A Green Beret who stands accused of murdering an unarmed Afghan man has requested all charges against him be dropped, as the investigator leading the probe as been accused of wearing medals he never earned.
In a memo filed on Wednesday, former Special Forces Major Matt Golsteyn demanded that his case either be accelerated to trial or the charges be dismissed entirely, forgoing his right to a preliminary hearing in military court.
Golsteyn’s lawyer, Phil Stackhouse, says the decision has come following an anonymous tip about the case’s lead investigator, Army Sergeant Mark Delacruz, who is accused of stolen valor.
Stackhouse claims the 1st Class Sgt. was caught wearing awards he hadn’t actually earned for ‘personal gain’, including the much-coveted Purple Heart.
Matt Golsteyn (left) was accused of premeditated murder in 2018, after he admitted to killing an Afghan man he thought was a bomb-maker, eight years earlier (pictured: Golsteyn poses with a local man in Afghanistan)
Golsteyn (shown left in 2019) has now requested all charges against him be dropped or for the case the be fast-tracked to trial. His wife Julie (right) believes the whole thing has been a farce since the beginning
The attorney claims Delacruz has been charged with four counts of ‘intent to deceive’, for wearing other unearned accolades, such as the Combat Action badge.
Stackhouse believes the investigator’s ‘questionable conduct’ casts doubt on the validity of Golsteyn’s murder probe and the evidence Delacruz has alleged to have gathered.
In the memo to the US Army Special Operations Command (USASOC) – which will oversee proceedings in military court – on behalf of Golsteyn, Stackhouse alleges Delacruz ‘held himself out as a Special Forces soldier, infantryman, sniper, and bragged about killing people in combat.’
‘Ironically, he’s bragged about losing his Special Forces Tab for an alleged bad shoot in combat,’ Stackhouse continued, pointing out that it’s the same charge his client faces.
The Criminal Investigation Command (CID) have confirmed that Delacruz has been charged with the ‘unauthorized wear’ of military accolades.
Though, they say, he hasn’t been suspended from duty because ‘the allegations came to light in 2018’.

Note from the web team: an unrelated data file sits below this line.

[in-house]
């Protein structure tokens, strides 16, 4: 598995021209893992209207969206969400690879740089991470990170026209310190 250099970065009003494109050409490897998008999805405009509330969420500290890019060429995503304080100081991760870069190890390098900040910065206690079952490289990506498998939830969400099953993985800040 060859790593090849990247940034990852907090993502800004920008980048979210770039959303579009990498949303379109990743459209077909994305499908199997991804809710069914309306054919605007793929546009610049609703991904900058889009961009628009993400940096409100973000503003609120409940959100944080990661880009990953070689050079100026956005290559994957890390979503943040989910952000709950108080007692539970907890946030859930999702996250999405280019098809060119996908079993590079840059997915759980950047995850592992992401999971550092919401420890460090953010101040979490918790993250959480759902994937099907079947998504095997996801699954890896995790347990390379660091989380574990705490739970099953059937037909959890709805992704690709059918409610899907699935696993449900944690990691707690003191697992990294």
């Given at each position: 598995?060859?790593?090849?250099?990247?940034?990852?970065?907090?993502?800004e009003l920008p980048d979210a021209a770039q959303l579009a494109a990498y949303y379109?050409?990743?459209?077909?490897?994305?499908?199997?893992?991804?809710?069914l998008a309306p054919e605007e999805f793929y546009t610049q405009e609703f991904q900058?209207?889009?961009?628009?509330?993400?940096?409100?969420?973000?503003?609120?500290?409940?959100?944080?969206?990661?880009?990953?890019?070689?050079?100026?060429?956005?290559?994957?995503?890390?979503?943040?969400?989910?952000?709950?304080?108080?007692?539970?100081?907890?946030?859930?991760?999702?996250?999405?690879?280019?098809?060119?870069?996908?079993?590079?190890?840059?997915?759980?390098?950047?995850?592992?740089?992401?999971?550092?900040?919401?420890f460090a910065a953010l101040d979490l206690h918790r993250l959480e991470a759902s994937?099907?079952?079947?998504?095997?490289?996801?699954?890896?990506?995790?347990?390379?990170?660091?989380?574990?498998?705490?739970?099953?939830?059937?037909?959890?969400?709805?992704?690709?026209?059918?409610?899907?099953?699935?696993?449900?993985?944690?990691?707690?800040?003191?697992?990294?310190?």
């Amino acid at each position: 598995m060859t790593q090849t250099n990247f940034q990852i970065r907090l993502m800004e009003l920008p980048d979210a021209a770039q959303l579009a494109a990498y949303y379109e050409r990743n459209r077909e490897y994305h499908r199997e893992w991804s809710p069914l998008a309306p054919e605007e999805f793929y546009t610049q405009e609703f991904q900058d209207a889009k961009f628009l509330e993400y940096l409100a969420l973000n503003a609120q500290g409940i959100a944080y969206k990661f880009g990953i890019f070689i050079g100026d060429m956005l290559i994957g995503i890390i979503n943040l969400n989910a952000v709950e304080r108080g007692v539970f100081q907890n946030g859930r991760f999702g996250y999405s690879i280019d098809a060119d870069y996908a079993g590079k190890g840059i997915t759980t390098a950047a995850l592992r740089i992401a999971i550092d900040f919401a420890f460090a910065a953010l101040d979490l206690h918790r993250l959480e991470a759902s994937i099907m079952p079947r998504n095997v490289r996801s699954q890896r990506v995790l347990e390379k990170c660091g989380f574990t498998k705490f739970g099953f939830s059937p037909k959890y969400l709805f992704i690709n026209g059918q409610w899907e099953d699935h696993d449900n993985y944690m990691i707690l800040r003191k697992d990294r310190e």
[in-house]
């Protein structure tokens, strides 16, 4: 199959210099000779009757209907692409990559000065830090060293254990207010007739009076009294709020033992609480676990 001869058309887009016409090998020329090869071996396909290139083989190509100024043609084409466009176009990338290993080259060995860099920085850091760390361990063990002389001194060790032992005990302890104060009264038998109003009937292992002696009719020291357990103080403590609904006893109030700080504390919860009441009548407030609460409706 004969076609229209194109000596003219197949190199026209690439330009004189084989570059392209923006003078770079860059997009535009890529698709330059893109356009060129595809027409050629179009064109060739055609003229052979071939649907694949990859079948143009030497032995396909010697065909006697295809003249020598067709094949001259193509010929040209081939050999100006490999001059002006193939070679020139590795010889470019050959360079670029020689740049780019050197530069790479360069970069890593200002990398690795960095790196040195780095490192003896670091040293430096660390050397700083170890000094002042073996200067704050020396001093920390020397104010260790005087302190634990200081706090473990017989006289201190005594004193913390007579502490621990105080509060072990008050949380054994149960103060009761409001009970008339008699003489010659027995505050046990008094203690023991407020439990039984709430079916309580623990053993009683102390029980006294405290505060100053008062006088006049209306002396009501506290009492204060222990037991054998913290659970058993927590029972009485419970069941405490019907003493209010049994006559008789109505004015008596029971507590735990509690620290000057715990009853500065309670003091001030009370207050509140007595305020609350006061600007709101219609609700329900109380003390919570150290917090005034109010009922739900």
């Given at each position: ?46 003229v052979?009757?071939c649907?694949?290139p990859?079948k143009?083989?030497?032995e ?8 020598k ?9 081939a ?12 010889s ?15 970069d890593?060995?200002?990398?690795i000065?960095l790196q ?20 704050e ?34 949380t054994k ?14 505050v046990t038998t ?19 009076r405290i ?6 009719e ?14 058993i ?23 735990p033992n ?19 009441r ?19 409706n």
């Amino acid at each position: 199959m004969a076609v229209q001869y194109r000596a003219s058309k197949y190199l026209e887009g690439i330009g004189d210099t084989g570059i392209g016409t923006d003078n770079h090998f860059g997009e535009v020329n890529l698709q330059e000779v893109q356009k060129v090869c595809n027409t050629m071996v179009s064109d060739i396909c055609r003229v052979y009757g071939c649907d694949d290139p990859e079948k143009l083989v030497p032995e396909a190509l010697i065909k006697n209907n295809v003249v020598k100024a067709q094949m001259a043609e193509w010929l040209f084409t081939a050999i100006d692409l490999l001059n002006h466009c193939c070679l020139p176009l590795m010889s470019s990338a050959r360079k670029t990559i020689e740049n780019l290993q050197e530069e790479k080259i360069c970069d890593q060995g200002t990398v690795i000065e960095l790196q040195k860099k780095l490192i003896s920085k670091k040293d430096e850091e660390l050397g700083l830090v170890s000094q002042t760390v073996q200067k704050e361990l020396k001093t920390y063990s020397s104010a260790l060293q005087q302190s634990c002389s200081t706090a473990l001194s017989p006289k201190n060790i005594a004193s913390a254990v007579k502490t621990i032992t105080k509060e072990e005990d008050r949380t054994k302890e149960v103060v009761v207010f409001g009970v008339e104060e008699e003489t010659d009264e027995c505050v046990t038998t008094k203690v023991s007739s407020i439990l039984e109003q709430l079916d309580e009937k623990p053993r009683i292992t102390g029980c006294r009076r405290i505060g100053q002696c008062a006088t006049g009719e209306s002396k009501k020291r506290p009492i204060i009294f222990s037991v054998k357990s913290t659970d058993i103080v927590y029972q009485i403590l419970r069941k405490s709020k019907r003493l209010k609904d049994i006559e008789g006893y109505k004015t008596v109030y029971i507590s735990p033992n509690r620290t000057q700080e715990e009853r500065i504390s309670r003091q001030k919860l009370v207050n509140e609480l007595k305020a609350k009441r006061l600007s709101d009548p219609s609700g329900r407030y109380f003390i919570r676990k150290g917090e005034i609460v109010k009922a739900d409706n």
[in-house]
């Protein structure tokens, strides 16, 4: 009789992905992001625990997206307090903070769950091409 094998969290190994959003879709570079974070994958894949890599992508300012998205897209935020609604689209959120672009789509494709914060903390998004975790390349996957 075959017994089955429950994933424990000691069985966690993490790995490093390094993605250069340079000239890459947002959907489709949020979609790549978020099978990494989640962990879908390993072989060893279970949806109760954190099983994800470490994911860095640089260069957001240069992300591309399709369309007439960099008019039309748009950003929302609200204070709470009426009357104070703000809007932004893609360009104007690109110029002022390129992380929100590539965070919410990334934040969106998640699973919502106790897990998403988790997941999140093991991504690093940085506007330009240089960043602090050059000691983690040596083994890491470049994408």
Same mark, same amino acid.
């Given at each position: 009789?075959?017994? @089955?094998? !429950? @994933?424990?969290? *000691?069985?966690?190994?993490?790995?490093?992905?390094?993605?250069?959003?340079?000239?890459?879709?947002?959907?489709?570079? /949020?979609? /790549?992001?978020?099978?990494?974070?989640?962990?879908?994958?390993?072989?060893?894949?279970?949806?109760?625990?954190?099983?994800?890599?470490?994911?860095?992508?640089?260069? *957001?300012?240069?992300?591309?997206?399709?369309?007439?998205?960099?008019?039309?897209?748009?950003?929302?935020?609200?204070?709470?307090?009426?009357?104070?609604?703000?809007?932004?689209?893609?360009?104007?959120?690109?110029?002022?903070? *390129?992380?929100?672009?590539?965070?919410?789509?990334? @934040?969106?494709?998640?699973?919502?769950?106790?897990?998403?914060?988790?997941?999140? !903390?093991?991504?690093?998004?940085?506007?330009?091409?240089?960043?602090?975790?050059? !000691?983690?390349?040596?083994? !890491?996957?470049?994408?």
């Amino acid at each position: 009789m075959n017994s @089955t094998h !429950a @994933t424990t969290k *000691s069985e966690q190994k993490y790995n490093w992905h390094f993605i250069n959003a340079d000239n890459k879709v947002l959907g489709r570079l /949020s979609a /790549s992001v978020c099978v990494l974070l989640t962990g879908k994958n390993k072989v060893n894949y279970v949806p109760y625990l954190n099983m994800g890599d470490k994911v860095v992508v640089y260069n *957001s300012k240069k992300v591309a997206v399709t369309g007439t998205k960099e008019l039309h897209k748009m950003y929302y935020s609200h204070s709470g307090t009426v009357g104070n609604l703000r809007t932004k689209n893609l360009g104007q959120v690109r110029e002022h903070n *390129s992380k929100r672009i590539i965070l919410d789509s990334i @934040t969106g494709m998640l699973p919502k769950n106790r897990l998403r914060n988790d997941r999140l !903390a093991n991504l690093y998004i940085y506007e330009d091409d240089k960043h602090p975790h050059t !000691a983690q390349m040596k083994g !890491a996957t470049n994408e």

Golsteyn’s lawyer, Phil Stackhouse, says an anonymous tip led to an investigation of the Sergeant overseeing the murder probe. Mark Delacruz now faces charges of stolen valor
Golsteyn (seen in white) made the stunning confession during a job interview with the CIA in 2011. an investigation was launched and he was charged with premeditated murder in November last year
The White House and USASOC are yet to comment on the situation.
In February 2010, Golsteyn is accused of fatally shooting an unarmed Afghan man, who he says he suspected to be a bomb-maker, in Marijah.
The confession was made during a polygraph test during a job interview with the CIA in 2011.
Golsteyn was in charge of a team of Army Special Force troops during the shooting, and he believed the man he shot – referred to as ‘Rasoul’ – was the architect behind an explosion that killed two Marines.
Rasoul had previously been detained and questioned over the bombing but was released citing a lack of evidence.
He was charged with premeditated murder by the US military in December, 2018.
Golsteyn could face life in prison or the death penalty, if convicted.
In an explosive Facebook post, Julie Golsteyn blasted the investigation as a ‘cover-up’
Golsteyn allegedly admitted he believed the man – referred to as ‘Rasoul’ – to be the responsible architect behind a blast that killed two Marines
In a Facebook post, Golsteyn’s wife Julie, said: ‘[The] first investigation was based on a lie. The lead agent from that one admitted under oath that he lied in every report he wrote.
‘[The] lead agent from the second investigation [has been] charged with false statement and stolen valor.
‘USASOC…are actively working to cover it all up.
‘We have said from the beginning this is all about retribution and self-promotion.’
President Trump tweeted in December that after a series of requests, he would be looking into Golsteyn’s case – a man he referred to as a ‘US Military hero’.